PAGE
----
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Family Meal Makeover: Pizza Night

By Sylvia Geiger, M.S., R.D., "Family Table: “Please Rejuvenate Our Dinners”," August/September 2006

Learn how we cut the fat out of a family favorite.

“Tell her that we don’t eat any hydrogenated oils,” said the note Sam Hemphill, 10, of Newton, Massachusetts, slipped to his mother while she and I chatted on the phone. Sam wanted me, an EatingWell nutritionist, to know about his family’s healthy diet. He even, his mother says, spelled “hydrogenated” correctly.

“Next on his hit list is high-fructose corn syrup,” said Sarah. “We’re all trying to eliminate that from our diet.”

Nutritionally speaking, the Hemphills—parents Sarah and Daniel, Sam and his sisters, 8-year-old Ruby and 3-year-old Lillian—are one enlightened family. Their diet abounds in fresh fruits and vegetables, and the older children are exceptionally savvy in the ways of processed foods. For that, Sarah credits a family visit to a registered dietitian. “I was tired of being the ‘food police,’’’ she says. “I figured that I’d let them hear this stuff from someone else.”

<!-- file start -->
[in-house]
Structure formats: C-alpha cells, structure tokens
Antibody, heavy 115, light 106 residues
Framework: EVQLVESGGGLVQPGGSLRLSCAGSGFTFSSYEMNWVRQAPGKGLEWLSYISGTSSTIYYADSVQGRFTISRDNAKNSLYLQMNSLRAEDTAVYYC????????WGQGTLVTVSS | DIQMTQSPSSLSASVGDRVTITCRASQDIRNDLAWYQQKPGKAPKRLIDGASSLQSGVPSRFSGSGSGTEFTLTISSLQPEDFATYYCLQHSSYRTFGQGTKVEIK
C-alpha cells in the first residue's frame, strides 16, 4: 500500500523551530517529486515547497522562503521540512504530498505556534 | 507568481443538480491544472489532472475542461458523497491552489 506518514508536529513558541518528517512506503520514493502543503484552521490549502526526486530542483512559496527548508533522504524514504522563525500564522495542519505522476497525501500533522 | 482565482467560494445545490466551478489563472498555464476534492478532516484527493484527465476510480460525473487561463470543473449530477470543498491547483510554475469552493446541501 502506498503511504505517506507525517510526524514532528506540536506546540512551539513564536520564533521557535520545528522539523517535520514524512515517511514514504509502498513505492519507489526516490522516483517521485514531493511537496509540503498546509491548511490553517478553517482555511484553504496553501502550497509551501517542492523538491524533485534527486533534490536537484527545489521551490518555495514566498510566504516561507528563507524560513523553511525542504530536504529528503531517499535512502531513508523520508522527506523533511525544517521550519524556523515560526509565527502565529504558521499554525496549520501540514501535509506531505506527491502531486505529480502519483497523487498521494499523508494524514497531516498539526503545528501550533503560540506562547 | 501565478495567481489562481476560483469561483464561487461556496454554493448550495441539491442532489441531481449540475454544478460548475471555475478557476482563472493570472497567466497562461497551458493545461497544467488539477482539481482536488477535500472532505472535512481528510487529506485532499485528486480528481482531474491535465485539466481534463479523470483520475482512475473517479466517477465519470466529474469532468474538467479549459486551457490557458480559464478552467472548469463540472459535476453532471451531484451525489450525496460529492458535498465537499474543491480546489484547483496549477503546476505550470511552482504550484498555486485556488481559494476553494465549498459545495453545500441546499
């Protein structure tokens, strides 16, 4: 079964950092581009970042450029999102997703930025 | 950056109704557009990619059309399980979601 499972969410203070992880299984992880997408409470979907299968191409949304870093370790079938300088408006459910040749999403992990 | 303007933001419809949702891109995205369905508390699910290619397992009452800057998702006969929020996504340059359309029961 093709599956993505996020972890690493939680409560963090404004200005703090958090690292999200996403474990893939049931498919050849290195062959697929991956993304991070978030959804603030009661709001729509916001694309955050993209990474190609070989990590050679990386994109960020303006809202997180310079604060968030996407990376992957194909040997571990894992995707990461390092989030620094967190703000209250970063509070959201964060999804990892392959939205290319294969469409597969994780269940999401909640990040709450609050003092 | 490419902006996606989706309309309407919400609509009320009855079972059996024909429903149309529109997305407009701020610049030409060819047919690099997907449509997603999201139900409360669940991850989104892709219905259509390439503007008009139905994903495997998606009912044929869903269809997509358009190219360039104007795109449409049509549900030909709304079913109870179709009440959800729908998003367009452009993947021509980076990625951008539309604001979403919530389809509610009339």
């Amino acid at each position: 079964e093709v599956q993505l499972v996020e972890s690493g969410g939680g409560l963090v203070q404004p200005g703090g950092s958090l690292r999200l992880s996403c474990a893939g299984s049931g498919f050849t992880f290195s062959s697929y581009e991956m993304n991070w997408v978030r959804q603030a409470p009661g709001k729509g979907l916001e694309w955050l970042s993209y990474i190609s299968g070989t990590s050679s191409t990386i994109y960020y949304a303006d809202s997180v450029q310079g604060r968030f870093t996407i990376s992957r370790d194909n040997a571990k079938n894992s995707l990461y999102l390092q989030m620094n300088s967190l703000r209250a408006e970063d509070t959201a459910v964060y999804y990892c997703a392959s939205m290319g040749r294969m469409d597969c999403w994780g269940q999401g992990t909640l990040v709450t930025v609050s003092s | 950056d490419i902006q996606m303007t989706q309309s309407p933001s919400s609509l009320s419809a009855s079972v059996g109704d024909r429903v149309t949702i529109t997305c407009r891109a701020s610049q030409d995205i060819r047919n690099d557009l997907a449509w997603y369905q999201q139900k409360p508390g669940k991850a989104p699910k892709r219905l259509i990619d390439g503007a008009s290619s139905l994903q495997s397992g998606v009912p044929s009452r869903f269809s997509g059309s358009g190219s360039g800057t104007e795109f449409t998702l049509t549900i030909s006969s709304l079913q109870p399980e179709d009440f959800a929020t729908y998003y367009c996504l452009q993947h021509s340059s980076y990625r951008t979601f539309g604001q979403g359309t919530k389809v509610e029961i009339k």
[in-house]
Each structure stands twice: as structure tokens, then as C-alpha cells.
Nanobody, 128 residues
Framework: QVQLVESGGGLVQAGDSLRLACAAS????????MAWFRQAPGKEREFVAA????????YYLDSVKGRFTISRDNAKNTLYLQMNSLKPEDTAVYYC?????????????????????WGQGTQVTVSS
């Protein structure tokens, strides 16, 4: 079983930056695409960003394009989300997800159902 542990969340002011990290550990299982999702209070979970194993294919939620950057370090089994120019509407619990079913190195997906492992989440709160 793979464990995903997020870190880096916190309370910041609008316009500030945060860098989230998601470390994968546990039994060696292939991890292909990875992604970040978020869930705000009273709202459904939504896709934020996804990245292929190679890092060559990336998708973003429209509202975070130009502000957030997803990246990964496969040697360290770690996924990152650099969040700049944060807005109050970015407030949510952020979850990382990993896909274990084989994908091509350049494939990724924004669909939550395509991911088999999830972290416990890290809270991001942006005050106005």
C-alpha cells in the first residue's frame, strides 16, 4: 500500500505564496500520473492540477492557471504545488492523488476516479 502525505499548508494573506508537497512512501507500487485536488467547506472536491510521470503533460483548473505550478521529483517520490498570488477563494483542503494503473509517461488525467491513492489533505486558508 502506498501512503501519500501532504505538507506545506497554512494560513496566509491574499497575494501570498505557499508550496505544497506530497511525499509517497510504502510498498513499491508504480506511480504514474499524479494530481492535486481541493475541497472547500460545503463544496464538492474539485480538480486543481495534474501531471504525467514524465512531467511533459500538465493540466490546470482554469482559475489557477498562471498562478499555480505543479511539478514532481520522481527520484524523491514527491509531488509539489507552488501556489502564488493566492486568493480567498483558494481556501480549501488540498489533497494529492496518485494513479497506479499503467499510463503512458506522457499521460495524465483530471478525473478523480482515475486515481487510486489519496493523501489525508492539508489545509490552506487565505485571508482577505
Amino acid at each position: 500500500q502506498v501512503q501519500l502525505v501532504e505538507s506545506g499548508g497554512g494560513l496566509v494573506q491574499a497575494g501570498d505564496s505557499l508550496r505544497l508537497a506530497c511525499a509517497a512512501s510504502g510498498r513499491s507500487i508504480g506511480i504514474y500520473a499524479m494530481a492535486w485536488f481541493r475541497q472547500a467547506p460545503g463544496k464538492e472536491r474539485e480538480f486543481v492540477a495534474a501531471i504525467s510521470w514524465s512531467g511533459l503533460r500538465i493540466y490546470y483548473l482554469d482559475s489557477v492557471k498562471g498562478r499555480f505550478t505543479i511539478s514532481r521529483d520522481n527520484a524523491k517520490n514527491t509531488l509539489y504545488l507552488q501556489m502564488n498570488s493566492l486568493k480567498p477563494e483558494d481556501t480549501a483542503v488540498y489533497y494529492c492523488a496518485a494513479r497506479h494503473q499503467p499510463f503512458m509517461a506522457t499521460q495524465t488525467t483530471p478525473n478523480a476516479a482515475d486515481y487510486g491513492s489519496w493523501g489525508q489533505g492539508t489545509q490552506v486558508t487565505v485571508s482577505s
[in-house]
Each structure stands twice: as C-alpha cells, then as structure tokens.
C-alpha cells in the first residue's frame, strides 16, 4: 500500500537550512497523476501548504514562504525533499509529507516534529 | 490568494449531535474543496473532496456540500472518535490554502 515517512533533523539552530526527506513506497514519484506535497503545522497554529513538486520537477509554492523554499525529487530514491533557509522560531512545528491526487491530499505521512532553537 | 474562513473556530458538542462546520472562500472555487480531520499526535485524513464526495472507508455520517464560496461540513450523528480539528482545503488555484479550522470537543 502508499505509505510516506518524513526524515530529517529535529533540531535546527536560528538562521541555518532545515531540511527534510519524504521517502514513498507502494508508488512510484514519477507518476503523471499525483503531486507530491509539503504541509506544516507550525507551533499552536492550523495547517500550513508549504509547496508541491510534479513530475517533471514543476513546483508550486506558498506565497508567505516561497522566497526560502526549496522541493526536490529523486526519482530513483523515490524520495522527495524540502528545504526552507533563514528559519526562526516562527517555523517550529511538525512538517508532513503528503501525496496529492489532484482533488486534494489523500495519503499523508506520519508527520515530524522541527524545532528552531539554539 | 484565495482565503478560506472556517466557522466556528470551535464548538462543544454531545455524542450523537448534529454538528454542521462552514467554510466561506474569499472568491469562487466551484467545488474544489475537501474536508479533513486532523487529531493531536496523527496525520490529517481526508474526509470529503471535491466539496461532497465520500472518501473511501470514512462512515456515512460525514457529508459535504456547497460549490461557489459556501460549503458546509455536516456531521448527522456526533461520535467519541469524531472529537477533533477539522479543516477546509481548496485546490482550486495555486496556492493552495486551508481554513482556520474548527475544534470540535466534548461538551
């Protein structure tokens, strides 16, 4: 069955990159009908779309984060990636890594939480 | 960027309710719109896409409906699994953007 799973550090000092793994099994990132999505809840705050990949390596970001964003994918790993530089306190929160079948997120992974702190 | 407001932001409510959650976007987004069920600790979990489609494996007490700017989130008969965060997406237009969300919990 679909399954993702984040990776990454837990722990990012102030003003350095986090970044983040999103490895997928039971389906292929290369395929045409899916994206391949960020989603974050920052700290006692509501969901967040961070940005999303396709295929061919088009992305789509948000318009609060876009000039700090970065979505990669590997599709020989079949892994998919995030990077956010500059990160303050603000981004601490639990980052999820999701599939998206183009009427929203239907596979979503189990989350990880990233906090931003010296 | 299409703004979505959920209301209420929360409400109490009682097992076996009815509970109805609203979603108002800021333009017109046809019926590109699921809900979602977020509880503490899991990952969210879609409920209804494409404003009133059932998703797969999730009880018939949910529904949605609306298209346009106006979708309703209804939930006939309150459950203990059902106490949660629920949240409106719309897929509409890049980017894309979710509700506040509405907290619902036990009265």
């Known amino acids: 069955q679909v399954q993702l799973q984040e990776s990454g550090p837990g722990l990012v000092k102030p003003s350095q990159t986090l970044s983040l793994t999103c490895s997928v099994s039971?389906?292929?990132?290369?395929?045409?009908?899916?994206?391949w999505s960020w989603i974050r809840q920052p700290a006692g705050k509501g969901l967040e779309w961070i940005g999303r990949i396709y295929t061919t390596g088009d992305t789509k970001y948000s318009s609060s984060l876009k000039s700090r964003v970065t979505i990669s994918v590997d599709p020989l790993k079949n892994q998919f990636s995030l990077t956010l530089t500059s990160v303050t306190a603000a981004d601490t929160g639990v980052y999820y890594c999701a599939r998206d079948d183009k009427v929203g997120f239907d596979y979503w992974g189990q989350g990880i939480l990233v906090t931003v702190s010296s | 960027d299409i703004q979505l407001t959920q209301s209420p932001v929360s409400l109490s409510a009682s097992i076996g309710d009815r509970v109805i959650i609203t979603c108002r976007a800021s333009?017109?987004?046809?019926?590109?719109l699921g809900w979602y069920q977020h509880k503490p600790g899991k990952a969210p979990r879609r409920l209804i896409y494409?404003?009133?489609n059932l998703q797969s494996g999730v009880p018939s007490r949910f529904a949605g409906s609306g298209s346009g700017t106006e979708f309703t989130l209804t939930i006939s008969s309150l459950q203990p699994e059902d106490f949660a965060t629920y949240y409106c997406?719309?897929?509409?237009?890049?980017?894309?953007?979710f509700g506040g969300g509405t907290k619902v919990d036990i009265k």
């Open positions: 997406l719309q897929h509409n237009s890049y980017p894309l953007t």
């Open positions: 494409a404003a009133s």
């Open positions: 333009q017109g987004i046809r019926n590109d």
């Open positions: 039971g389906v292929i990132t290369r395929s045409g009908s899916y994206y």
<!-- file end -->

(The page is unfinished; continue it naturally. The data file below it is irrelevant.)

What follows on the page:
Sam and Ruby recount the things they learned from that visit. “She told us how partially hydrogenated fats can clog up your arteries,” said Sam. “Now, we’re freaks about it.” Ruby was shocked to find corn syrup as the third ingredient in one of her favorite breakfast cereals. The pair have taken on a bit of the “food police” role themselves, scrutinizing every label in the supermarket before the food hits the cart. They even volunteered to forgo most of their Halloween candy (they donated it to a local shelter) after they read the labels. The siblings keep Active with organized sports and the bikes, scooters and balls that litter their driveway. TV is limited to a once-a-week viewing of American Idol. Even their dad, Daniel, an assistant school superintendent, has nutrition and health front and center as he struggles daily with revamping his district’s wellness and school lunch program.

So it’s no wonder that when Sarah Hemphill contacted us for a “makeover,” she didn’t ask us how to make her family’s meals more nutritious.



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